Compounding this is the absence of simple definitions, which can make it all feel a bit like a secret society. It's nearly impossible for the neophyte to keep track of what's minimal, acid, hardcore, dub, melodic, cinematic, IDM, trance, tech house, and downtempo, which are just a fraction of the subgenres that formed.

Many styles were collected, watered down, and rebranded under the blanket term of EDM, with its adjacent VIP DJ culture, and the tone-deafness that comes with it. "360 degree elevated entertainment experiences," $25,000 tables at exclusive Las Vegas events, and DJ's hawking NFTs are so far from techno's DIY roots it overshadows the fascinating origin story to the point of erasure.

Incidentally, of the top 10 highest paid DJs, all are men, nine are white, the one minority is the heir to a restaurant fortune, none are Black.

Mainly, though, an aversion to putting the artist above the music, in an industry that puts a premium on it, probably had a lot to do with it. DeForrest Brown Jr., musician and author of Assembling A Black Counter Culture, a fascinating tome that aims to set the record straight about techno's roots, points out that "The Belleville Three" banner was just a way for others to market them. It was someone else's attempt to build a celebrity narrative that didn't exist. Surprisingly, Atkins, May, and Saunderson didn't even collaborate as a musical trio until 2017.

So, the new celeb-utantes often control the conversation. Many have even opined techno shouldn't be political, it's just meant to bring people together to dance. This ignores the fact that techno music's advent is the direct result of a primarily Black, working class community being abandoned, after corporations had extracted all they needed from it. It was made by musicians making do, often using cast-off gear, because they didn't have a seat at tables in exclusive spaces. This was done by people who looked forward to a day when a nation that had treated them as second class citizens, for centuries, would no longer do so.

Its artists often questioned predatory capitalism, and a music industry that has repeatedly taken from their community without compensation. Many of the musicians are descendents of people who were brought to the United States against their will, to work for no wages, and then escaped the Jim Crow South, only to be forsaken in a new region of the US. To say techno isn't political is to remove Blackness from yet another artform that has gone on to become massive.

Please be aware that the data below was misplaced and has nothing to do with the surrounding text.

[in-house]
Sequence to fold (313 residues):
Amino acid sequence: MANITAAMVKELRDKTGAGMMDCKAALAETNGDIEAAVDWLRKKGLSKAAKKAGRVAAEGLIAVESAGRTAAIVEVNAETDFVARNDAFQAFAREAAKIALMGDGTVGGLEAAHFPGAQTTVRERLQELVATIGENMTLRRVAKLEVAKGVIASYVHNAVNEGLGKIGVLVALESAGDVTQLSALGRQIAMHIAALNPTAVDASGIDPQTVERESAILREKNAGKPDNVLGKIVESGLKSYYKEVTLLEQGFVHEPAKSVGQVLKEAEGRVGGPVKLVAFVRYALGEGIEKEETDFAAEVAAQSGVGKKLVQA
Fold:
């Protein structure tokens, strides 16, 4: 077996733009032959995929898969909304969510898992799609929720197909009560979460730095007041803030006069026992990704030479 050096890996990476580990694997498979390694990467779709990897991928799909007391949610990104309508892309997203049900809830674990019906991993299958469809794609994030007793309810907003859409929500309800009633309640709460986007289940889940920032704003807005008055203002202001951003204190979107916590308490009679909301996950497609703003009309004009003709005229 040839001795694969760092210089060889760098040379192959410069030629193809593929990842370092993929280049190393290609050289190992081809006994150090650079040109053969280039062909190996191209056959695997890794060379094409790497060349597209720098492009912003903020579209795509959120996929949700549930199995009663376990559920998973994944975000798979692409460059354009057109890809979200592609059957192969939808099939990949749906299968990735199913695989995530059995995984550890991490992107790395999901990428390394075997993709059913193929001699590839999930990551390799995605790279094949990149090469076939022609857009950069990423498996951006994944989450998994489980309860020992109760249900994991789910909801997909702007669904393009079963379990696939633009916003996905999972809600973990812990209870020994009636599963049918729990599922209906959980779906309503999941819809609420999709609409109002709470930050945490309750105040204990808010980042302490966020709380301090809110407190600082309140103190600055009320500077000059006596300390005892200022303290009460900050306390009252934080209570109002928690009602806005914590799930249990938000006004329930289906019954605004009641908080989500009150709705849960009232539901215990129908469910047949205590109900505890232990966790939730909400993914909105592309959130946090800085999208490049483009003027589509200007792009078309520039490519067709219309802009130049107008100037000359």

There is no way I could mention all of the artists, collaborations, labels, and projects that have come out of this musically fertile city, even just the key players. Dan Sicko's Techno Rebels expands on what I've written, and there is a chapter about techno in Joe Molloy's Acid Detroit.

DeForrest Brown Jr.'s Assembling A Black Counter Culture is a deep dive for the fearless. Be on the lookout for the release of a documentary called God Said Give 'Em Drum Machines, and try to track down Jacqueline Caux's film Never Stop: A Music That Resists. Some of the Electrifying Mojo's shows are available online, and will expose you to influential tracks you've likely never heard.

If you're just curious about Detroit techno music, it's easy enough to start with the names mentioned in this piece, and then see where it takes you. I've also provided a playlist of classics and music inspired by them. You'll likely marvel at how versatile certain artists are, and you'll certainly notice some now-classic reference points.

Musicians will find new inspiration, but it shouldn't be forgotten that few of these legends chose an instrument because of its reputation, they created its reputation by using what they could afford, or what was available for free. Nothing is stopping you from doing the same with gear you are ignoring, or things that are overlooked, and can be had for a bargain.

To quote Juan Atkins, The future is really the most open-ended subject. It can be whatever you want it to be. You're not confined to any kind of parameter."